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Pacific Island countries are facing a serious skills gap. The global shortage of trained healthcare professionals is estimated to reach a deficit of 18 million workers by 2030. The World Health Organisation (WHO) estimates that 4.45 health workers are needed per 1000 people in order to achieve the full spectrum of essential, quality health services, from health promotion to prevention, treatment, rehabilitation, and palliative care, in other words, universal health coverage (UHC).
The migration of health workers is also one of the key concerns. This does not only include immigration but internal migration; from rural to urban and migration within the region. Many Pacific countries are able to meet the threshold set by World health report 2006 of 2.28 physicians, nurses and midwives per 1000 population. But, the same report also states that 57 countries are in critical shortages of skilled health professionals. Hence, the question is does workforce-to-population ratio capture the quality of the health workforce or just equity?
The twelfth Pacific health ministers meeting has endorsed Commitments for Action to ensure a quality health workforce to meet regional demand. This will:
However, the Pacific’s distinct and unique geography spreads over 180 million square kilometres, or a third of the world’s land mass. The region includes 22 Pacific island countries and territories (PICTs), of which there are more than 200 mountainous volcanic islands and approximately 2,500 flat islands and atolls.
This makes providing access to quality health care services extremely challenging and nearly impossible to implement a “one size fits all” solution to overcome the health related challenges. The smaller populations need a relatively higher health workers-to-population ratio to provide even basic primary and preventive care.
Additionally, the recent shift in the scope of practice for the nurses is partly being driven by the other issues: non-communicable diseases, communicable diseases and diseases related to climate change. This has caused significant implication on the health budget for several Pacific countries.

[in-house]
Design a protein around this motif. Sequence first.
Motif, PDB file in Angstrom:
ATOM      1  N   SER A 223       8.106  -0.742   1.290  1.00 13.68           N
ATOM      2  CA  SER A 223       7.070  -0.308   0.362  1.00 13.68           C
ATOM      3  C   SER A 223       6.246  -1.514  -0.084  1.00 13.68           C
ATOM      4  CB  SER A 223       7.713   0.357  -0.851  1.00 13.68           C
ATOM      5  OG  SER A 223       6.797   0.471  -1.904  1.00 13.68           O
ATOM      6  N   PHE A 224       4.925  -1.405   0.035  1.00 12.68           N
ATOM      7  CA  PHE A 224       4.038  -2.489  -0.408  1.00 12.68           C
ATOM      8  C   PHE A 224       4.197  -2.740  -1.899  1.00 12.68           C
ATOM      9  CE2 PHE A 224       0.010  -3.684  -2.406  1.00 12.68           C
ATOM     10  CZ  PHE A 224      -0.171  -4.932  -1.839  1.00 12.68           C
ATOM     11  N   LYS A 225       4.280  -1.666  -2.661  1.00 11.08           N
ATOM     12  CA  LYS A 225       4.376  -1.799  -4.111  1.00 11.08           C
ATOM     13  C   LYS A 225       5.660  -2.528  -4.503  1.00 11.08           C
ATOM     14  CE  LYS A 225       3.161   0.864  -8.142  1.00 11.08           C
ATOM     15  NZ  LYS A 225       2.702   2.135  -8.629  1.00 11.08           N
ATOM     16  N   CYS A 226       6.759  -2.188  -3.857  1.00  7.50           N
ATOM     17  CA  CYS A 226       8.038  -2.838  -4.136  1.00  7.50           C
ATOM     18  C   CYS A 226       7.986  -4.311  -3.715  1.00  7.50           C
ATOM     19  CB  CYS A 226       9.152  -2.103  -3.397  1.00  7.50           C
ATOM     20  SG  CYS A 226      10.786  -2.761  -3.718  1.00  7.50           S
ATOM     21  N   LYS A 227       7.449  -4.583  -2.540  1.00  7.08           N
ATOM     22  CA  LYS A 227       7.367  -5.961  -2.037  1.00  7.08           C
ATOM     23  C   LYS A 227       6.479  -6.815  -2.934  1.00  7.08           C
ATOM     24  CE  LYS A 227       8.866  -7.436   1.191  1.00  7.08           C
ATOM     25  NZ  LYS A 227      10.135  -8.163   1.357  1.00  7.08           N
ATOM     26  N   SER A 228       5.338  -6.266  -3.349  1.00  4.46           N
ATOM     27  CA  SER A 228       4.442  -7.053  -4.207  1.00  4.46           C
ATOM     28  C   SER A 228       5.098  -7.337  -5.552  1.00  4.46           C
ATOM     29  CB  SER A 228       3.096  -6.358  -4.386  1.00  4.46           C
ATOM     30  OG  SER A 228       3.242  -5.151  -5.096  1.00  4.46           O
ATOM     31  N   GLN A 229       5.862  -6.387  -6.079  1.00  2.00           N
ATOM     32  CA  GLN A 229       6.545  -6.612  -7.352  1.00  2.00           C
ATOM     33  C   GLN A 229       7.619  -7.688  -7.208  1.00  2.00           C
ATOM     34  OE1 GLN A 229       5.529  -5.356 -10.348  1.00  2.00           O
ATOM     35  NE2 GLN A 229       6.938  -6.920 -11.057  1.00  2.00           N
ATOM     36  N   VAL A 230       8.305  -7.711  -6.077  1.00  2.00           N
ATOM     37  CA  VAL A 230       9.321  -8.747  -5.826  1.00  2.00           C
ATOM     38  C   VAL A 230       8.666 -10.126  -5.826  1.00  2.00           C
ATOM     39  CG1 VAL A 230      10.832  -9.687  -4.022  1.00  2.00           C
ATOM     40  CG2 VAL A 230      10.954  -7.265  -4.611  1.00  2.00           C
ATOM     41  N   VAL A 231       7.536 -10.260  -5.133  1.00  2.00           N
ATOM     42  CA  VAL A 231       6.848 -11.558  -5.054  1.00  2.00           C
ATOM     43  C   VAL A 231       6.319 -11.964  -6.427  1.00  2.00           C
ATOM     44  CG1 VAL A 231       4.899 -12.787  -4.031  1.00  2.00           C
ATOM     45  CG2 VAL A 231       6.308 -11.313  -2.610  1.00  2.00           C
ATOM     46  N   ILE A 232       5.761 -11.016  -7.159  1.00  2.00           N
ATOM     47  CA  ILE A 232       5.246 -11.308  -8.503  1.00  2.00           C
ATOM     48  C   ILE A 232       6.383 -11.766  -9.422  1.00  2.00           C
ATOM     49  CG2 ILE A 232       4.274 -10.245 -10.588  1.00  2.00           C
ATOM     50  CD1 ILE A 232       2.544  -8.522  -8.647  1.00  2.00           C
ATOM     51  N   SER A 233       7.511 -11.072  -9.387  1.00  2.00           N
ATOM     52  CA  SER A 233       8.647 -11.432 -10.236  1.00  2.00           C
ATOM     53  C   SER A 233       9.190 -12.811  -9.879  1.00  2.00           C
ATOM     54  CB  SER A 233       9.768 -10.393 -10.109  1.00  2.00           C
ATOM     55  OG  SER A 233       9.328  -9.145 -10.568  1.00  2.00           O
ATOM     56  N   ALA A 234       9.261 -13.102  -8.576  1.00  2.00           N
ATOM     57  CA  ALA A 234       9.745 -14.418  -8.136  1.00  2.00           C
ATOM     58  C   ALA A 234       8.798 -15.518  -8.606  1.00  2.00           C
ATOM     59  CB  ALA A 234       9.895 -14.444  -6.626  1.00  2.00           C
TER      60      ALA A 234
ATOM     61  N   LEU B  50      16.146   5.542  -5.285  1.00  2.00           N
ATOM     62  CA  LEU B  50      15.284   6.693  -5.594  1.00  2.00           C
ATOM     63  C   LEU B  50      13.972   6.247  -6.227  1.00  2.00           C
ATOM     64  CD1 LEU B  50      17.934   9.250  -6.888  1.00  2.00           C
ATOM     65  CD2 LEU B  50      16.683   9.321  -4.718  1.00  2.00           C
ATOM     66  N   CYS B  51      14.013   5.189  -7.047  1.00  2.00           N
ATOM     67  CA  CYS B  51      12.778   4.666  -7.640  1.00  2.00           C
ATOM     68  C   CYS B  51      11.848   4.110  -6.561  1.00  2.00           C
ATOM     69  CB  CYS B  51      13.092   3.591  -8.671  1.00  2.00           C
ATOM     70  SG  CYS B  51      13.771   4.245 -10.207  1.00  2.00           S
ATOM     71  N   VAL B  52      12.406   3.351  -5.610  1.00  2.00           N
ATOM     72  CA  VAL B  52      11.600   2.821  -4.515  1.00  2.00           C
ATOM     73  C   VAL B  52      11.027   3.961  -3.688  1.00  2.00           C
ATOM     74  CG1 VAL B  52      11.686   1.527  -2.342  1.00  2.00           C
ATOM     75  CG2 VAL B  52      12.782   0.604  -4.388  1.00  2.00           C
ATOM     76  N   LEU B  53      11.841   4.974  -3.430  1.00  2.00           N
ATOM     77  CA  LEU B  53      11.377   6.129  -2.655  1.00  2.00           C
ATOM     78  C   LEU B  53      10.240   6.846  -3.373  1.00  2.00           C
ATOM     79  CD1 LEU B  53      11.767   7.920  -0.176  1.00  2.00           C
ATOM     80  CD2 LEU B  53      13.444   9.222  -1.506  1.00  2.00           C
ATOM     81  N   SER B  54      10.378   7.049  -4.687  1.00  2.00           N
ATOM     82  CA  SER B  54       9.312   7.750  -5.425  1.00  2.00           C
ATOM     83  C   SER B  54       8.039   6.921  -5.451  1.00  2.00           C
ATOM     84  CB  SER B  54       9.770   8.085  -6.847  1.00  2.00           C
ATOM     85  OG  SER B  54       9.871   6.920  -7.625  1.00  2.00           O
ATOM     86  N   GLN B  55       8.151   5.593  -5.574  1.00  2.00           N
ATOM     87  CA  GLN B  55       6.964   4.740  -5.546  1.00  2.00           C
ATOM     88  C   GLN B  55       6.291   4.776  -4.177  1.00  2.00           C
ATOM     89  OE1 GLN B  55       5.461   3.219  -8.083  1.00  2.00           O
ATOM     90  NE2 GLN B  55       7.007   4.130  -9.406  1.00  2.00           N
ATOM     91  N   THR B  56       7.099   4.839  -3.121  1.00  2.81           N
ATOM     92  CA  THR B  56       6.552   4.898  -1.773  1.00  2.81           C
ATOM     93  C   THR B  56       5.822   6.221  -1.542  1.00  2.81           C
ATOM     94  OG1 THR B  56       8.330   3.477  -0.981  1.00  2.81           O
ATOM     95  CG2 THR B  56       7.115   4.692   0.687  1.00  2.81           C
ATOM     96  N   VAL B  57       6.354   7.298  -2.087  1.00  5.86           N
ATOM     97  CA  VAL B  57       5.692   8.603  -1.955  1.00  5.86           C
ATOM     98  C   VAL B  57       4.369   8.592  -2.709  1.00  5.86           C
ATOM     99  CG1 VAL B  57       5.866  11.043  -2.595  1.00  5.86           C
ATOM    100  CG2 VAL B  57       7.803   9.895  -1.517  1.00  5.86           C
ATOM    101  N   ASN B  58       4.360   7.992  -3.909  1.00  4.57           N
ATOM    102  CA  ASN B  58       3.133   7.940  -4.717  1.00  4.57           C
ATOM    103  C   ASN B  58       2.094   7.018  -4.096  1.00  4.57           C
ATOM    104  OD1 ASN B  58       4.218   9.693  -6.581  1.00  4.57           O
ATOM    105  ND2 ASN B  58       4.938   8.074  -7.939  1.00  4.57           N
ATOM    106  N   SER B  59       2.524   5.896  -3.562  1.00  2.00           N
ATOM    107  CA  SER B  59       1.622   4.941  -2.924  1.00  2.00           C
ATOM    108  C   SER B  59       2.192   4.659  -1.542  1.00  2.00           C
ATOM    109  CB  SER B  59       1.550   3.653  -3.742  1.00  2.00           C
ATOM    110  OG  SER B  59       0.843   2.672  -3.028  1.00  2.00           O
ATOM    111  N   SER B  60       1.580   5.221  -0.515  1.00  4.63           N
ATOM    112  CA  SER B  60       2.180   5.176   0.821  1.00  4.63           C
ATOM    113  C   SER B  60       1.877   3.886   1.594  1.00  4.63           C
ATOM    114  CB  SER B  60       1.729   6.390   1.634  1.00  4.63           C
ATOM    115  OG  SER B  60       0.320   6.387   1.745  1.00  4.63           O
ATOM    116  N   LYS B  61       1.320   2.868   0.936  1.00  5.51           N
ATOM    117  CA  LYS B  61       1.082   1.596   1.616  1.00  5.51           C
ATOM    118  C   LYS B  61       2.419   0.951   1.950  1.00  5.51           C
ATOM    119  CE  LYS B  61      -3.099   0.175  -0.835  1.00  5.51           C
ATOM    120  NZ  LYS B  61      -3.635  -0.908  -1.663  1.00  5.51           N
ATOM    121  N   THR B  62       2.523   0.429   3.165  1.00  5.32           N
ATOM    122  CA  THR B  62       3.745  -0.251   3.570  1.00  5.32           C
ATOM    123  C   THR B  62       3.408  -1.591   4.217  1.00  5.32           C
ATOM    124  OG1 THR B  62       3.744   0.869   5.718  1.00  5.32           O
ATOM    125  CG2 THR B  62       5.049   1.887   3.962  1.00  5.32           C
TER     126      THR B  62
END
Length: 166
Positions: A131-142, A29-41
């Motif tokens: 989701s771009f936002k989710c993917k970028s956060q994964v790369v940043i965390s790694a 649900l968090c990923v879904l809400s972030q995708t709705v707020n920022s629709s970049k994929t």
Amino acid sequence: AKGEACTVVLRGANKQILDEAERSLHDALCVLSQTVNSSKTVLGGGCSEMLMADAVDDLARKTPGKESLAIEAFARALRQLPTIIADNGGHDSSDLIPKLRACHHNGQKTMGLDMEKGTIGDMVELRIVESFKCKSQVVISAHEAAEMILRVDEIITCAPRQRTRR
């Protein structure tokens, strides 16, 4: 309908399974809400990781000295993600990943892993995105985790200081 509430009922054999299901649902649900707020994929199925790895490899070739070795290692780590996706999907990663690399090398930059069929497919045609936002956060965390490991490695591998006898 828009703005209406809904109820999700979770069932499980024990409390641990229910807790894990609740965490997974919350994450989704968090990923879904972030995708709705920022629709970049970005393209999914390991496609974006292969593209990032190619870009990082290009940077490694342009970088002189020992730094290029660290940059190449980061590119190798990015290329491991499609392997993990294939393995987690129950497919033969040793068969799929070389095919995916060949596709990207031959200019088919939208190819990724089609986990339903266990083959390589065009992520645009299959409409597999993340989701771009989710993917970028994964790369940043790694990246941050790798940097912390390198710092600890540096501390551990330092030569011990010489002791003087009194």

Nevertheless, in the recent years the Pacific has made big steps forward in expanding UHC, including increasing life expectancy, broadening vaccination rates and strengthening its hospital and health services. Key to this has been ensuring that the Pacific’s health workforce receives the most up-to-date and relevant training and skills development.
More than 50,000 health workers have signed up for online classes since 2003, according to the Pacific Open Learning Health Net (POLHN) external evaluation by University of Technology, Sydney. That’s about 27,525 continuing professional development (CPD) free online health certificates, over 1,302 post graduate sponsorships and 362 graduates.
This platform, developed by WHO, enables colleges and universities that are looking to enter the online market in the area of medical, nursing and health science to host and deliver free online courses with a certificate of completion.
Being governed by the outcomes of the regional bodies like Pacific Ministers of health and Head of Health provides POLHN with an advanced understanding of the skill gaps and other workforce constraints.
This type of online education has dramatically changed the health sector. It has not only eased transitioning of workers into new roles but has also made education accessible and affordable. The 2017 POLHN external review by University of Technology, Sydney, identified that 75% of POLHN-sponsored post-graduates remained in their own countries during and after the study. Moreover, 87% of post-graduates stated that involvement in POLHN’s free online certificate courses has been very or extremely useful for their health sector position.
While some traditionalists may remain skeptical of the quality of online education, unsustainable and poor quality programmes are not available due to the stringent licensure system. Online education will become an essential component of a diverse workforce to bridge the skill gap for health-care professionals in the coming years, especially nurses.
For more information, contact: Mr. Mohammed Yasin, Technical Officer, Pacific Open Learning Health Net, Division of Pacific Technical Support, firstname.lastname@example.org
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